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AA Batteries

Discussion in 'Beginner Electronics' started by Sir Psycho, May 2, 2006.

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  1. Sir Psycho

    Sir Psycho Guest

    Hi,

    So many times i read in product manuals "dont mix old and new
    batteries", can someone tell me why?

    I have a wireless mouse and keyboard here and strapped for cash. Got
    some nice energizer batteries and i want to put one in the mouse and
    one in the keyboard. Each take two batteries each, any harm in mixing
    them up?
     
  2. CLV3

    CLV3 Guest

    The BIGGEST issue I see is the old one will wear out first, causing more
    battery changes aand in the long run being more expensive than if you put
    just new batteries in to begin with. There may be safety issues, I guess. I
    am just looking at efficiency issues.
     
  3. default

    default Guest

    Sounds like you could put two older batteries in one or the other
    mouse/keyboard . . . .

    I know of no real reason for not mixing batteries except it is false
    economy to take a new battery and put it with a near dead one - weak
    ones have higher internal resistance and power from the new one will
    be wasted warming up the older one. In a large battery pack, in a
    high current application, that warming could be significant - but two
    batteries, in a mouse or keyboard? No.

    The old one may be prone to leaking and ruining the device . . .

    The old/new mix will make it look as if the device eats batteries even
    though with fresh batteries it will last awhile. Customer doesn't
    always remember they were mixing batteries.

    They may be covering their corporate asses and playing it safe.

    I have an mp3 player that eats its single AAA battery in about four
    hours - I put them (any brand) in the recharger (by Rayovac for their
    NIMH and alkaline rechargables) and they are good to go for another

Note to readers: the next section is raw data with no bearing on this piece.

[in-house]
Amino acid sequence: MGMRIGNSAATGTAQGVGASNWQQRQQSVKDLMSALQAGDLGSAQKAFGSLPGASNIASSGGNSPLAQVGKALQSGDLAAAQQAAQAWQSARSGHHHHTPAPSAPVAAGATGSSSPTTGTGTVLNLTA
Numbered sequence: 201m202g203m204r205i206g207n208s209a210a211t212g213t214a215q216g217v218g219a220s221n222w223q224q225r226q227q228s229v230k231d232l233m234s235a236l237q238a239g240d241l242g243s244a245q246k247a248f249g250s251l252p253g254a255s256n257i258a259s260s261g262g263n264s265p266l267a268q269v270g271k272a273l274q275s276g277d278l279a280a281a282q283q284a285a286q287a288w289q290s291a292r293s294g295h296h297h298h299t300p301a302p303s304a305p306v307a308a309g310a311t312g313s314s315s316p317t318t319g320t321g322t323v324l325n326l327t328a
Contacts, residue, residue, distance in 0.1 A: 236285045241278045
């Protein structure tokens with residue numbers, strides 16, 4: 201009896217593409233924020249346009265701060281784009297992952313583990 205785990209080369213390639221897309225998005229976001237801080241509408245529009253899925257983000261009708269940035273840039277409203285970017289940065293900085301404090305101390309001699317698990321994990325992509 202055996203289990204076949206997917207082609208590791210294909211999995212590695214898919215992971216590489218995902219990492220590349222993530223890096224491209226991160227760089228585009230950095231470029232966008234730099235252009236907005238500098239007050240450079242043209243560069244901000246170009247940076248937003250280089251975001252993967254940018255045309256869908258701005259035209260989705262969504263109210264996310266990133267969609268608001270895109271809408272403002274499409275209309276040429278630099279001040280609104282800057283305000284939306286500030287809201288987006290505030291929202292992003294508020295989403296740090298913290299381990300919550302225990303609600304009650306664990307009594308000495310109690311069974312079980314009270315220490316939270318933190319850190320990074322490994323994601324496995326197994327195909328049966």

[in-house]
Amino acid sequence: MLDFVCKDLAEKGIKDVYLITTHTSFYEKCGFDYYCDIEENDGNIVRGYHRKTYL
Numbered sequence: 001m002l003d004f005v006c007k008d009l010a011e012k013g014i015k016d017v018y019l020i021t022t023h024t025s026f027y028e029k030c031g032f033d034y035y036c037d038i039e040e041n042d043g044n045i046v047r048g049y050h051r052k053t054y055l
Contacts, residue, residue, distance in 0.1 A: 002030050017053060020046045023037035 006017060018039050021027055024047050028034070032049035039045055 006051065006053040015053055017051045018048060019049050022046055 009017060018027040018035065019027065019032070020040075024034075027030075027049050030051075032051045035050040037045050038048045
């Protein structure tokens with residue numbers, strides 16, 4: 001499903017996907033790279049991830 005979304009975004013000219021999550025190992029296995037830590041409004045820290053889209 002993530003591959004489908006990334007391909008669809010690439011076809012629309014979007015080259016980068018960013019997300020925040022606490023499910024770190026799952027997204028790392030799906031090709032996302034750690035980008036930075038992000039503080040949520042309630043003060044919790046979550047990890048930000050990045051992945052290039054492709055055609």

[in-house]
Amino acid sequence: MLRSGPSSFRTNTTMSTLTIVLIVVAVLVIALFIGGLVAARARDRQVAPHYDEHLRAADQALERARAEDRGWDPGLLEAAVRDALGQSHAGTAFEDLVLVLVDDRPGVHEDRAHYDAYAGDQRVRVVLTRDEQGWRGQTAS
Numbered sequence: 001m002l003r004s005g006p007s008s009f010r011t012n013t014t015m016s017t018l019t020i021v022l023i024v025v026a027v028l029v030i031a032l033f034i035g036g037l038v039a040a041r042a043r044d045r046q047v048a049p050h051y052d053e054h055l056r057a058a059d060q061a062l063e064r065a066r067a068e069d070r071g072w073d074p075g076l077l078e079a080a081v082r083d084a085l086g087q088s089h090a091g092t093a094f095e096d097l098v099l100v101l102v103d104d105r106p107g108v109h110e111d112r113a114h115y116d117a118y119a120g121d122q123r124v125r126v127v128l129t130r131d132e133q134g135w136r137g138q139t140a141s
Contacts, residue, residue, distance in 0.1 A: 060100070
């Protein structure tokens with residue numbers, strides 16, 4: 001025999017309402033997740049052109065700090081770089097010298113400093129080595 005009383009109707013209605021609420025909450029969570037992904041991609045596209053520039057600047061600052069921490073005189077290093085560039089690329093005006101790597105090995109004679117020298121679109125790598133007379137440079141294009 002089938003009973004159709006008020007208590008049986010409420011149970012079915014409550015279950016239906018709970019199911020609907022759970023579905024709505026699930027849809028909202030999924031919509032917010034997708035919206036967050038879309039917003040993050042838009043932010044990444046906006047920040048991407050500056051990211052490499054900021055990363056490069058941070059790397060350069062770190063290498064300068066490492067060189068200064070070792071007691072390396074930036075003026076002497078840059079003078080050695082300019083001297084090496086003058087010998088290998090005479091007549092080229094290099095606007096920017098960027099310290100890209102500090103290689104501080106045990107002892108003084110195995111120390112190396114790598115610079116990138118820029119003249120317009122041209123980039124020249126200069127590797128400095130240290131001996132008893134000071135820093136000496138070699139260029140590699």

four hours - I can do that about 6-10 times then they start failing in
    a couple of hours and are prone to leaking. I use it every day,
    recharge every other day, so I have a good feel for how it is working.

    Same thing works with alkalines for clocks and remote controls etc..
    Get a little more life out of them . . . Just watch for leakage
     
  4. Slavek

    Slavek Guest

    The main reason is he the combined internal impdance of two batteries.
    Connecting 2 batteries in series make the total impeadance as a sum of
    each so if the load consumes certain current the voltage will drop to
    the unsustainable level by power supply of the unit.
    The new alkaline battery has ~0.2ohms(good ones). The old one has
    There could be certain conditions of batteries internal impedance,
    their voltages and load impedance that creates reverse voltage on older
    battery resulting in quicker damaging that one. It is specially
    possible with pulsed load. So as for your loads (pulsed one) it can be
    more critical than for torch.
     
  5. Guest

    Yes...the new one can (eventually) attempt to "charge" the old one and
    cause it to leak...and prematurely discharge the new one. Put both new
    cells in the same device and both old ones in the other device. If you
    are so strapped for cash, find you wired mouse and plug in into the
    appropriate port.
     
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